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Re: Another SSD question 2016/12/06 18:28:59 (permalink)
So are you saying there is no real benefit on the audio drive and the only benefit on the Samples drive is load time?

SONAR Platinum 1607, Windows 10 Pro, i7 6700K 16GB Ram 3.4Ghz
256GB SSD C: Drive, 525GB SSD VI's, 2TB Audio Drive
  
Interface: UA Apollo Firewire, UAD2 Quad PCIe
Mackie Control, C4 and two extenders. 
Studiologic SL990 Pro keyboard controller
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abacab
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Re: Another SSD question 2016/12/06 20:59:05 (permalink)
zoffmeister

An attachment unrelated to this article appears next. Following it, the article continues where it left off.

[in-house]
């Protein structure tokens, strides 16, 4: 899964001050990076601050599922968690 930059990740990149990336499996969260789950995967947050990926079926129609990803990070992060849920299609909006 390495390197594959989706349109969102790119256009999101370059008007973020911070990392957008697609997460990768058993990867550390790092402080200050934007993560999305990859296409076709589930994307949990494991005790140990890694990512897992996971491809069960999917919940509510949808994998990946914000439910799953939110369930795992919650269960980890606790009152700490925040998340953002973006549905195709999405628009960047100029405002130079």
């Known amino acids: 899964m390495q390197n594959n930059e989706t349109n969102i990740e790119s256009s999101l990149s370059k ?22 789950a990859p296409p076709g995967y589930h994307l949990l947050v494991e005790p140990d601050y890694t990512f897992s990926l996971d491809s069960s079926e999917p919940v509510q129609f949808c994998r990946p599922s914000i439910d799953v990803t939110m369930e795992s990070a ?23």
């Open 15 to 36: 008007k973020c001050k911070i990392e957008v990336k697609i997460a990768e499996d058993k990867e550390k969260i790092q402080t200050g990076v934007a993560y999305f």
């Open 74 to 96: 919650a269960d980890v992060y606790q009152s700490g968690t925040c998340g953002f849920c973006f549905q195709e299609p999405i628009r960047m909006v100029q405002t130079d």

So are you saying there is no real benefit on the audio drive and the only benefit on the Samples drive is load time?



That pretty much sums it up.  Unless you are editing HD video, you probably won't see any real-time improvement on content drives by switching to SSD. 
 
But the improvements on the overall responsiveness of the system by switching the Windows and program files, as well as all of my plugin folders to SSD, is off the charts
 
And just so you don't feel like you might need more speed on your audio drive, if you crunch the numbers for the audio throughput requirement for 80 mono tracks at 24-bit/96kHz, that should require about 25MB/s.  Most modern SATA 7200rpm HDD's should provide at least 100MB/s+ for read/write ... http://www.sweetwater.com/sweetcare/articles/calculating-hard-disk-space-required-for-digital-audio-recording/

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gswitz
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Re: Another SSD question 2016/12/06 21:17:25 (permalink)